Snow. Sleet. Rain. Wind. All of it inundated the Metropolitan Area on Tuesday, yet we convinced ourselves it was Springtime in New York by way of St. Lucie. If you avoided looking out the window and just took Florida’s word for it, it was as Spring as you wanted it to be .
The pitchers, the catchers and many of the others professionally engaged to wrap themselves in Mets garb have congregated where we can keep a distant eye on them and be vicariously warmed by their proximity to one another. Yay, of course. The fact that Pitchers & Catchers occurs 44 days prior to Opening Day doesn’t mean you’re not welcome to treat the calendar equivalent of November 18 as New Year’s Eve if that’s how you choose to roll. Celebrate the slow-burn onset of good times, come on!
How good will Met times be in 2019 — so good, so good? We’ll see. I mean that. We’ll see. That’s all I’ve got in the way of predictions and projections. Predicting the outcome of a baseball season yet to be played is always silly and projecting it like you have the answer tucked inside your shirt pocket is even dopier. There are no spoilers to avoid. There’s only statistically delineated fan fiction.
Predictions have always been around. They’re good-natured enough. “How do you think the Mets will do this year?” “Hmmm… I think if everything goes well, and nobody gets hurt, maybe the Mets will finish…” seems harmless if you don’t take it overly seriously. We probably take it overly seriously because it soon dawns on us that Spring, with its Pitchers & Catchers & Co., doesn’t really have much meat on its bone. There are no games for the first dozen or so days and then there are games that totally don’t count for weeks on end. Predictions give us something to talk about, whether they’re our own or those of experts — experts being anybody with an opinion that gets printed somewhere. I used to seek validation in preseason magazines that showed the enlightenment to pick the Mets to win their division and curse as clueless the ones that consigned us to also-ran territory. Little did I know I understood decades in advance the concept of media outlet as personally curated echo chamber.
Projections seem more insidious for their insistence on being taken overly seriously. One of the last baseball rites of winter  (note the lower-case for the season that deserves the least respect) is the dissemination of PECOTA by Baseball Prospectus. To be confused on some level with Bill the 1992 Met utilityman New York wound up not loving, PECOTA stands for Player Empirical Comparison and Optimization Test Algorithm. It’s supposed to tell you, via complex sabermetric formulations and such, how a player might do in the season ahead. From there, if you add all a team’s players together, it’s supposed to tell you how a team might do. All the teams, actually. Every year around this time, I see PECOTA quoted in certain circles as if it’s gospel. Or GOSPEL.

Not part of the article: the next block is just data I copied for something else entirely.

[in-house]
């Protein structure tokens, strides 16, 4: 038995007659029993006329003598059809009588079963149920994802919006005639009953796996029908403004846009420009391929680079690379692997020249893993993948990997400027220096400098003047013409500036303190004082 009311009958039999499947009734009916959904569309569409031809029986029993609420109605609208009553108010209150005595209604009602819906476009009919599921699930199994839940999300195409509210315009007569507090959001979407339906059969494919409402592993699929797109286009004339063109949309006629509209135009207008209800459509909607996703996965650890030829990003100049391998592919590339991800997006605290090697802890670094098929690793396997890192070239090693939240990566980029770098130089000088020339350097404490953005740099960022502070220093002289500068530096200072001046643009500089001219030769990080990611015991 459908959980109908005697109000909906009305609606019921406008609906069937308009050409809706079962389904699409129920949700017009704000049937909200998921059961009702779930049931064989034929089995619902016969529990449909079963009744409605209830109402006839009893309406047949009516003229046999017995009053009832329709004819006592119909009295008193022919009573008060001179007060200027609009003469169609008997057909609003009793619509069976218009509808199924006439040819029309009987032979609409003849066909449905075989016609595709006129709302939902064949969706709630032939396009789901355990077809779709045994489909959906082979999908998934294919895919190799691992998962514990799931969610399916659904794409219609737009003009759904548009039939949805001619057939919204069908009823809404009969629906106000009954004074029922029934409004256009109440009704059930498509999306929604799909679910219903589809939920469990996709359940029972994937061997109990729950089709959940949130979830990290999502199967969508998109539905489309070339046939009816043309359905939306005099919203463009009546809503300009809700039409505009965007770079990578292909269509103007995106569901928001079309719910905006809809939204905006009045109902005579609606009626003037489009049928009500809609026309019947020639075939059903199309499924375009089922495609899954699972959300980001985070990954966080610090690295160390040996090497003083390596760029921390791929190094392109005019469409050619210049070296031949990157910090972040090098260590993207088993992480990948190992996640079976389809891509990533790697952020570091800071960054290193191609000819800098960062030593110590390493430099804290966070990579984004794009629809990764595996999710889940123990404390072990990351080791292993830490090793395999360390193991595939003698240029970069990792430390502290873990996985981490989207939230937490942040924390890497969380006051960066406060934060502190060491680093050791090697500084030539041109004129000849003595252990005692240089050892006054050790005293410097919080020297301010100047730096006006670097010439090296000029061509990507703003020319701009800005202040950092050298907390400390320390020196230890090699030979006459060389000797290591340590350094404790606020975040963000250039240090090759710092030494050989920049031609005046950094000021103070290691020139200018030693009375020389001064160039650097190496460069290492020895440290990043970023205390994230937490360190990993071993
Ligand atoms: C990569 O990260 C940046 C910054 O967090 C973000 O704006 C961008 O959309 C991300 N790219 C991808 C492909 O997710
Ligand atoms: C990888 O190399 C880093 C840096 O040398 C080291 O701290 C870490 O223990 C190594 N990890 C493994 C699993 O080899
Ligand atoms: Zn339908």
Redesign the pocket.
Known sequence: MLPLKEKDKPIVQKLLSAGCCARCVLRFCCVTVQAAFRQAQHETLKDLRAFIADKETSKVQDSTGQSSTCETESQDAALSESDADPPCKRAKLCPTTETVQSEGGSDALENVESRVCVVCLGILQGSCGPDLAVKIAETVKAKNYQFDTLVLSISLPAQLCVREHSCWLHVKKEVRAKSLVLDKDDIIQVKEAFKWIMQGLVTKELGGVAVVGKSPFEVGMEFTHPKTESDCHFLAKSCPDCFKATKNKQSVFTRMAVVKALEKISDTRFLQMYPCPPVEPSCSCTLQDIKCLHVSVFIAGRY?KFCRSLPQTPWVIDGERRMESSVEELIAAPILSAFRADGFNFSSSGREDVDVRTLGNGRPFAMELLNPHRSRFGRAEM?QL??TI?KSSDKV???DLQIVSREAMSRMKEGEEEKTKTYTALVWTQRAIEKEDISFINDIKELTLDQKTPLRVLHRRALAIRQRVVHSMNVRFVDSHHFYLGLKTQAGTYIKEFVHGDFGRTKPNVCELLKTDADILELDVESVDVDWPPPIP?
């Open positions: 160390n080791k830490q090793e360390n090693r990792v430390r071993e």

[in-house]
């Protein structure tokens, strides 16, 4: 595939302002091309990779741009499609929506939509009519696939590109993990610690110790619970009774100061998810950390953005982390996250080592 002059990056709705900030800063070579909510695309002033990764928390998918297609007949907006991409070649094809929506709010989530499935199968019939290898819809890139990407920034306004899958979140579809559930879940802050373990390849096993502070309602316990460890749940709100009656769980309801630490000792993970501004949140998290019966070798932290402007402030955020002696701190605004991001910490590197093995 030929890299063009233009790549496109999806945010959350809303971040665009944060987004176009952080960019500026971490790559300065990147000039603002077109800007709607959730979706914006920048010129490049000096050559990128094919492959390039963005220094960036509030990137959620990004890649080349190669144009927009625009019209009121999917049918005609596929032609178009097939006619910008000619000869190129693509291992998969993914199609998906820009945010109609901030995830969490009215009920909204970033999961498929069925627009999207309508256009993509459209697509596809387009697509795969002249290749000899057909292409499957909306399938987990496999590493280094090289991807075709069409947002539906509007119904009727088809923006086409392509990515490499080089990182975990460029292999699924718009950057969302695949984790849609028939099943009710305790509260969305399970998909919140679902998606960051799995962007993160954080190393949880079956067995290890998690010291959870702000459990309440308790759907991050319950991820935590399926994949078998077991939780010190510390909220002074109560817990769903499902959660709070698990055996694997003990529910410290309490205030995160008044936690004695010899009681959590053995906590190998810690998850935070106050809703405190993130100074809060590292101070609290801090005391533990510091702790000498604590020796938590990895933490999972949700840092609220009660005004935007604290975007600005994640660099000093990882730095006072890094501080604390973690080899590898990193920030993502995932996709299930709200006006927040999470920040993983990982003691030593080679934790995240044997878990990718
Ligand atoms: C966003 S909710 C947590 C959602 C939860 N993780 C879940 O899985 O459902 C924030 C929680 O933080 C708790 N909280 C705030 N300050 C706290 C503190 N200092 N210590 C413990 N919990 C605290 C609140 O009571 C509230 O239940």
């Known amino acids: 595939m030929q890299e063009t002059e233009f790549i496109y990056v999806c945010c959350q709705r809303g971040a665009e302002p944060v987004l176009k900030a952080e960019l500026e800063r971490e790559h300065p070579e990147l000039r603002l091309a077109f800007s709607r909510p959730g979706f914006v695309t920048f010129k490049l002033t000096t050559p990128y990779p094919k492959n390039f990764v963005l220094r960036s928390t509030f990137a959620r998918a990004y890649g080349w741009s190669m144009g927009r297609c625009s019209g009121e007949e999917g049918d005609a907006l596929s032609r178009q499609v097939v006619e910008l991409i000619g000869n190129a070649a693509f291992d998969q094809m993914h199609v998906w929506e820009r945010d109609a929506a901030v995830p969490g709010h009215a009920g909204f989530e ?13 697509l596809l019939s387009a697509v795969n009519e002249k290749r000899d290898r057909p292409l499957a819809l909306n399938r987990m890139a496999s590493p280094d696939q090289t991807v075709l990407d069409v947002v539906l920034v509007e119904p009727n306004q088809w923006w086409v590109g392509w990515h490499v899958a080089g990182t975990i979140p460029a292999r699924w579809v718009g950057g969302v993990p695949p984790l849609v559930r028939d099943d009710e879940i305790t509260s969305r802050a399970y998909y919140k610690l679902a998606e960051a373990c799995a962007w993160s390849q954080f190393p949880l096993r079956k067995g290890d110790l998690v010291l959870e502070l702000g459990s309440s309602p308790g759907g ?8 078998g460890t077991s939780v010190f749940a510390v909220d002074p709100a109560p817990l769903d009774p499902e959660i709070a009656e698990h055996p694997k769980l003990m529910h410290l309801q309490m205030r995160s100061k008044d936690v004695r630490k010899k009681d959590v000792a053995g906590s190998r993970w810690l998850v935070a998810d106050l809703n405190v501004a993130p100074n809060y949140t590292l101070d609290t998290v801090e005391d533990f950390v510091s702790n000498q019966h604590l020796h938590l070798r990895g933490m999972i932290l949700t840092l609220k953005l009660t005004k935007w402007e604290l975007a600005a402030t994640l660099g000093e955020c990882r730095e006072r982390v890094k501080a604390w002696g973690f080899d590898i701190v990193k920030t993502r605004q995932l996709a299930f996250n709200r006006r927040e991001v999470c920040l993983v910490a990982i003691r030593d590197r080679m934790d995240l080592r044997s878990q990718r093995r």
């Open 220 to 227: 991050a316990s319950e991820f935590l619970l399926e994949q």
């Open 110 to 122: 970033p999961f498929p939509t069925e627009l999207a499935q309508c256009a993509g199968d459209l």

In 2018, the PECOTA horseshoe  came admirably close to a team’s final record  in some cases and missed by a veritable mile in others. Which figures, because who the hell knows what’s going to happen? Moreover, who the hell wants to know? Guessing can be fun. Educated guessing of a PECOTA nature can be a kick to construct and dissect if that’s how you choose to roll. Gathering intelligence to fuel your forays within the gambling community or fantasy league jungle is simply due diligence.
The most educated guess is still a guess, though, no matter what disappointing former Mets jack-of-all-trades donates his identity to your clever acronym. The Mets and their twenty-nine sets of colleagues will produce the only results that matter 162 separate times in 2019. And when they do, I will react in accordance with their winning and their losing and how they play the game. If you could tell me in advance exactly what the Mets will do between March 28 and September 29, I’d politely request you get that bleep outta my face. Just as I can wait for Opening Day through six weeks of Spring, I can wait through six months of baseball for six months of baseball. I want to revel in the wins when they arrive. I want to cope with the losses even if I don’t want any. I want to figure out for myself whether I think they have a chance and discover thereafter how wrong or right I was.
I don’t want the answers. I want the experience.
There are pleasures in being right in advance, but think about happy you’ve been to have been wrong in your certainty where the Mets are concerned. Getting it wrong, as in having no idea they were going to be as good as they turned out, is what makes seasons you remember seasons you remember. Even the rare seasons when you were right that they’d be really good were really better because you had no idea how they’d make it as far as they did. Journey edges destination; losing or winning, reality is eventual.
Or JED LOWRIE for short.